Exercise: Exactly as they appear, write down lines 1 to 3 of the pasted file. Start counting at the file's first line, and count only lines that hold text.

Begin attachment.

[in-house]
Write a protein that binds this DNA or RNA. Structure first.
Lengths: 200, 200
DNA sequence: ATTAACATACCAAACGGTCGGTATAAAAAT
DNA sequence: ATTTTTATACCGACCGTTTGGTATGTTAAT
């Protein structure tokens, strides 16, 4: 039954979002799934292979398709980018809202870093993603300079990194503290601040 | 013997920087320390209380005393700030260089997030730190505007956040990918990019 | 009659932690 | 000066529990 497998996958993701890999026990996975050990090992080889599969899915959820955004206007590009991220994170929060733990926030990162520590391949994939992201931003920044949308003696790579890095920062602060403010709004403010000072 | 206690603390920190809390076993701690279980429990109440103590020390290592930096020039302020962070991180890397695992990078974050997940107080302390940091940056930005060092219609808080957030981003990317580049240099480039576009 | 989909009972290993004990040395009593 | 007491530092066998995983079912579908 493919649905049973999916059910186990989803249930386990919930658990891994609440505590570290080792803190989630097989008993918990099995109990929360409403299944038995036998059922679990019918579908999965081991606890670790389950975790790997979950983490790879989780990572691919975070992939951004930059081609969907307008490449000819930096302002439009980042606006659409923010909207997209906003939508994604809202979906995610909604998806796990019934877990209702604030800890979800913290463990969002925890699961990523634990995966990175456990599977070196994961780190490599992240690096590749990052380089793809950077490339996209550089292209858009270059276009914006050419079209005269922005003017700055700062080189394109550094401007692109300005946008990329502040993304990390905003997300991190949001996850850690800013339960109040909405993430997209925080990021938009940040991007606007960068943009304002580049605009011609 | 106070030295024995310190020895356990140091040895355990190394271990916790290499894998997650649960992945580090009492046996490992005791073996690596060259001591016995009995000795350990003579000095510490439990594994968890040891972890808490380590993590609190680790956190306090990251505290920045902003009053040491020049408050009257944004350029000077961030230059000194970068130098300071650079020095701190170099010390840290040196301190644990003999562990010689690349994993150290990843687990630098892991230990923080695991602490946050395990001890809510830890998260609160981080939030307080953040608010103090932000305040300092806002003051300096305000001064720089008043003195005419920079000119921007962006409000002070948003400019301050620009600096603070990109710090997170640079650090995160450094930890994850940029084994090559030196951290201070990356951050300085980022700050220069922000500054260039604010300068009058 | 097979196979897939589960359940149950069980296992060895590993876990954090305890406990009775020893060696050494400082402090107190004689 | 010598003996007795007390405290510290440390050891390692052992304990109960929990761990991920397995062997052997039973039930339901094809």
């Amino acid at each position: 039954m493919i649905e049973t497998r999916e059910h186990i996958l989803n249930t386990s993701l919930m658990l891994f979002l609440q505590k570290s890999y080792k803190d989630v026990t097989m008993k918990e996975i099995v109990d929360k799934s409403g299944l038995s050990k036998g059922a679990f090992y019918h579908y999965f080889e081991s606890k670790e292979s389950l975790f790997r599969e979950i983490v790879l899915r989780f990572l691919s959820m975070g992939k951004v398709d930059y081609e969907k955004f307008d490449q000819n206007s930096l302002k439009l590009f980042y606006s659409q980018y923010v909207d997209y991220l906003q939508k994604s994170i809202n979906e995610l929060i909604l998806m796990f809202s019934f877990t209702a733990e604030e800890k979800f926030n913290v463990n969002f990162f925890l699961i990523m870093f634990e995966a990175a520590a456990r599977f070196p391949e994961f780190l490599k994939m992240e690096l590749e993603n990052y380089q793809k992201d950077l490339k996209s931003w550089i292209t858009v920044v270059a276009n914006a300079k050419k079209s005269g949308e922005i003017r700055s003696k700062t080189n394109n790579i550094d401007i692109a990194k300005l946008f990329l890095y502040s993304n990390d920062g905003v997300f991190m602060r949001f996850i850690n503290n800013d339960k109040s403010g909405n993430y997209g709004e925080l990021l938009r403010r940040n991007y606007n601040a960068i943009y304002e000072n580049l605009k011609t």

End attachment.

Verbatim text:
[in-house]
Write a protein that binds this DNA or RNA. Structure first.
Lengths: 200, 200